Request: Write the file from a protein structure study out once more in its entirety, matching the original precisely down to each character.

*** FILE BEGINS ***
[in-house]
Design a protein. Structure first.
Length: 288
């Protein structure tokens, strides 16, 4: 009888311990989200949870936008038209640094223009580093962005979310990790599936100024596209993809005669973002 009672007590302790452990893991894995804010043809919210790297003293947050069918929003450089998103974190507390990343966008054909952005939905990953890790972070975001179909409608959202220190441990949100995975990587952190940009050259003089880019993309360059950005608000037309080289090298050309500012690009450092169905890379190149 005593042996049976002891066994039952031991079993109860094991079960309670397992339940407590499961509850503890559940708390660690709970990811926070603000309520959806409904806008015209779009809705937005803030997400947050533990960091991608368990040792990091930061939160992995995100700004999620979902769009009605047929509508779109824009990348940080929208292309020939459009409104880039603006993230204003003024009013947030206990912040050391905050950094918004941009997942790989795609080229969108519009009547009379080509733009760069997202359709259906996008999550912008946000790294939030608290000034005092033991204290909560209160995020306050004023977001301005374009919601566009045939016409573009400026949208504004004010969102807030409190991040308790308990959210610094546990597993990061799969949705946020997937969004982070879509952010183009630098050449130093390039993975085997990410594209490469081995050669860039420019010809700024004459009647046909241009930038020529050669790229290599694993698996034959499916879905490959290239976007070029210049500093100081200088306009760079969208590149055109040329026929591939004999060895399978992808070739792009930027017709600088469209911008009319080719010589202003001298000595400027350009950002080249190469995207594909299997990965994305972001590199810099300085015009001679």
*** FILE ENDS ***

[in-house]
Design a protein. Structure first.
Length: 288
């Protein structure tokens, strides 16, 4: 009888311990989200949870936008038209640094223009580093962005979310990790599936100024596209993809005669973002 009672007590302790452990893991894995804010043809919210790297003293947050069918929003450089998103974190507390990343966008054909952005939905990953890790972070975001179909409608959202220190441990949100995975990587952190940009050259003089880019993309360059950005608000037309080289090298050309500012690009450092169905890379190149 005593042996049976002891066994039952031991079993109860094991079960309670397992339940407590499961509850503890559940708390660690709970990811926070603000309520959806409904806008015209779009809705937005803030997400947050533990960091991608368990040792990091930061939160992995995100700004999620979902769009009605047929509508779109824009990348940080929208292309020939459009409104880039603006993230204003003024009013947030206990912040050391905050950094918004941009997942790989795609080229969108519009009547009379080509733009760069997202359709259906996008999550912008946000790294939030608290000034005092033991204290909560209160995020306050004023977001301005374009919601566009045939016409573009400026949208504004004010969102807030409190991040308790308990959210610094546990597993990061799969949705946020997937969004982070879509952010183009630098050449130093390039993975085997990410594209490469081995050669860039420019010809700024004459009647046909241009930038020529050669790229290599694993698996034959499916879905490959290239976007070029210049500093100081200088306009760079969208590149055109040329026929591939004999060895399978992808070739792009930027017709600088469209911008009319080719010589202003001298000595400027350009950002080249190469995207594909299997990965994305972001590199810099300085015009001679």